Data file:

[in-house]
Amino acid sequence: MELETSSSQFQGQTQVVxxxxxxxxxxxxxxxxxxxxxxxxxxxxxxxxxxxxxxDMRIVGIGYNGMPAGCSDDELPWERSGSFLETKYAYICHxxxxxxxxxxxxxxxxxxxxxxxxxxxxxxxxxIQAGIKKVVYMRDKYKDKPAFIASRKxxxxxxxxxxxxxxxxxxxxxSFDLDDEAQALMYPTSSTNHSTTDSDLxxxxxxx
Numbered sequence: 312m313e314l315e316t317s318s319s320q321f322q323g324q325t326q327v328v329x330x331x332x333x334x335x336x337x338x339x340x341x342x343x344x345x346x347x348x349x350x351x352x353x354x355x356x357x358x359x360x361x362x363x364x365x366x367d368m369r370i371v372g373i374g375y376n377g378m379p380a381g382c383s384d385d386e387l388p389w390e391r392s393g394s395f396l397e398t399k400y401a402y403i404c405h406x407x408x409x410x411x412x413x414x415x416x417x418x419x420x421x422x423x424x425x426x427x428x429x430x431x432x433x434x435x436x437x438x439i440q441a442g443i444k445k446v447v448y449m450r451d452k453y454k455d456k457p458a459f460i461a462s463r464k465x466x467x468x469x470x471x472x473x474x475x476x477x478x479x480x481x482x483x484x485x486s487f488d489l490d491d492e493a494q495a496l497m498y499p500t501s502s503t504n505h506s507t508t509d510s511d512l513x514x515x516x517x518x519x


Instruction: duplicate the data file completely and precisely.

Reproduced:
[in-house]
Amino acid sequence: MELETSSSQFQGQTQVVxxxxxxxxxxxxxxxxxxxxxxxxxxxxxxxxxxxxxxDMRIVGIGYNGMPAGCSDDELPWERSGSFLETKYAYICHxxxxxxxxxxxxxxxxxxxxxxxxxxxxxxxxxIQAGIKKVVYMRDKYKDKPAFIASRKxxxxxxxxxxxxxxxxxxxxxSFDLDDEAQALMYPTSSTNHSTTDSDLxxxxxxx
Numbered sequence: 312m313e314l315e316t317s318s319s320q321f322q323g324q325t326q327v328v329x330x331x332x333x334x335x336x337x338x339x340x341x342x343x344x345x346x347x348x349x350x351x352x353x354x355x356x357x358x359x360x361x362x363x364x365x366x367d368m369r370i371v372g373i374g375y376n377g378m379p380a381g382c383s384d385d386e387l388p389w390e391r392s393g394s395f396l397e398t399k400y401a402y403i404c405h406x407x408x409x410x411x412x413x414x415x416x417x418x419x420x421x422x423x424x425x426x427x428x429x430x431x432x433x434x435x436x437x438x439i440q441a442g443i444k445k446v447v448y449m450r451d452k453y454k455d456k457p458a459f460i461a462s463r464k465x466x467x468x469x470x471x472x473x474x475x476x477x478x479x480x481x482x483x484x485x486s487f488d489l490d491d492e493a494q495a496l497m498y499p500t501s502s503t504n505h506s507t508t509d510s511d512l513x514x515x516x517x518x519x